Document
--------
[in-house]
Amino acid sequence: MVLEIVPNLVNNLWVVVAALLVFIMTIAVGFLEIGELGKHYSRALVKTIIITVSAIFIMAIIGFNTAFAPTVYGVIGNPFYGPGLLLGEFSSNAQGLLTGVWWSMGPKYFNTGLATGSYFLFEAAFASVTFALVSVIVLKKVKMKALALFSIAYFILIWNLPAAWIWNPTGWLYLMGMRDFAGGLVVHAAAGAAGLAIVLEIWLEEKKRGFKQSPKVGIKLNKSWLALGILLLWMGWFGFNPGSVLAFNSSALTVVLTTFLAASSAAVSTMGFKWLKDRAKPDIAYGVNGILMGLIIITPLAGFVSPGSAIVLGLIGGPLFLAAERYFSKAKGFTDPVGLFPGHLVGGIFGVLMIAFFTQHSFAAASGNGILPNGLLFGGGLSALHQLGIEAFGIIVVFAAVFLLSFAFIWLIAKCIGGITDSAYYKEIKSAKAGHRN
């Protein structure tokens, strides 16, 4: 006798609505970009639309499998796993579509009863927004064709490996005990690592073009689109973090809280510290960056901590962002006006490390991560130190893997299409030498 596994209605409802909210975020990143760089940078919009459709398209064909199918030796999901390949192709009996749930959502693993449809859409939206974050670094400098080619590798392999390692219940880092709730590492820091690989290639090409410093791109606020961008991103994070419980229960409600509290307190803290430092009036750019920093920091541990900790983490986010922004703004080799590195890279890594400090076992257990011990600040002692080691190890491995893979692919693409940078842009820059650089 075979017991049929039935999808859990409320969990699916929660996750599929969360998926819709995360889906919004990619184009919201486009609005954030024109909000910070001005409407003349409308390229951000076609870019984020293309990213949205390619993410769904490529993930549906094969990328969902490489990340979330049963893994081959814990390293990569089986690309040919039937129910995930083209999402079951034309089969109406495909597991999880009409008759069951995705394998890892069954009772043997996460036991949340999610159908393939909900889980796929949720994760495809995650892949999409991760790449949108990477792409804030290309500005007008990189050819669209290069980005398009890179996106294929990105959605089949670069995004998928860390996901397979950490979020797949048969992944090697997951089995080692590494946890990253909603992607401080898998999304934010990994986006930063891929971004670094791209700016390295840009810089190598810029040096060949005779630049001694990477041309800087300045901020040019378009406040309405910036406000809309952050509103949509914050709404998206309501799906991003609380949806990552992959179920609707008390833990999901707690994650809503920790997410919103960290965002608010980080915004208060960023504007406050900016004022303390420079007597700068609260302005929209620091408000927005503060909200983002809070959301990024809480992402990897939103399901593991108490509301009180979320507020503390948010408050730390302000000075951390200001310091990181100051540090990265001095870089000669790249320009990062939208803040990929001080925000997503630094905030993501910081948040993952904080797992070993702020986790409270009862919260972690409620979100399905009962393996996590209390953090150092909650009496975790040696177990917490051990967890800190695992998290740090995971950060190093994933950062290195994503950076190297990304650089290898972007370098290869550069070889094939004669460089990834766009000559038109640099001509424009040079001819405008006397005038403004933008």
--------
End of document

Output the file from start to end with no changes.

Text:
[in-house]
Amino acid sequence: MVLEIVPNLVNNLWVVVAALLVFIMTIAVGFLEIGELGKHYSRALVKTIIITVSAIFIMAIIGFNTAFAPTVYGVIGNPFYGPGLLLGEFSSNAQGLLTGVWWSMGPKYFNTGLATGSYFLFEAAFASVTFALVSVIVLKKVKMKALALFSIAYFILIWNLPAAWIWNPTGWLYLMGMRDFAGGLVVHAAAGAAGLAIVLEIWLEEKKRGFKQSPKVGIKLNKSWLALGILLLWMGWFGFNPGSVLAFNSSALTVVLTTFLAASSAAVSTMGFKWLKDRAKPDIAYGVNGILMGLIIITPLAGFVSPGSAIVLGLIGGPLFLAAERYFSKAKGFTDPVGLFPGHLVGGIFGVLMIAFFTQHSFAAASGNGILPNGLLFGGGLSALHQLGIEAFGIIVVFAAVFLLSFAFIWLIAKCIGGITDSAYYKEIKSAKAGHRN
């Protein structure tokens, strides 16, 4: 006798609505970009639309499998796993579509009863927004064709490996005990690592073009689109973090809280510290960056901590962002006006490390991560130190893997299409030498 596994209605409802909210975020990143760089940078919009459709398209064909199918030796999901390949192709009996749930959502693993449809859409939206974050670094400098080619590798392999390692219940880092709730590492820091690989290639090409410093791109606020961008991103994070419980229960409600509290307190803290430092009036750019920093920091541990900790983490986010922004703004080799590195890279890594400090076992257990011990600040002692080691190890491995893979692919693409940078842009820059650089 075979017991049929039935999808859990409320969990699916929660996750599929969360998926819709995360889906919004990619184009919201486009609005954030024109909000910070001005409407003349409308390229951000076609870019984020293309990213949205390619993410769904490529993930549906094969990328969902490489990340979330049963893994081959814990390293990569089986690309040919039937129910995930083209999402079951034309089969109406495909597991999880009409008759069951995705394998890892069954009772043997996460036991949340999610159908393939909900889980796929949720994760495809995650892949999409991760790449949108990477792409804030290309500005007008990189050819669209290069980005398009890179996106294929990105959605089949670069995004998928860390996901397979950490979020797949048969992944090697997951089995080692590494946890990253909603992607401080898998999304934010990994986006930063891929971004670094791209700016390295840009810089190598810029040096060949005779630049001694990477041309800087300045901020040019378009406040309405910036406000809309952050509103949509914050709404998206309501799906991003609380949806990552992959179920609707008390833990999901707690994650809503920790997410919103960290965002608010980080915004208060960023504007406050900016004022303390420079007597700068609260302005929209620091408000927005503060909200983002809070959301990024809480992402990897939103399901593991108490509301009180979320507020503390948010408050730390302000000075951390200001310091990181100051540090990265001095870089000669790249320009990062939208803040990929001080925000997503630094905030993501910081948040993952904080797992070993702020986790409270009862919260972690409620979100399905009962393996996590209390953090150092909650009496975790040696177990917490051990967890800190695992998290740090995971950060190093994933950062290195994503950076190297990304650089290898972007370098290869550069070889094939004669460089990834766009000559038109640099001509424009040079001819405008006397005038403004933008």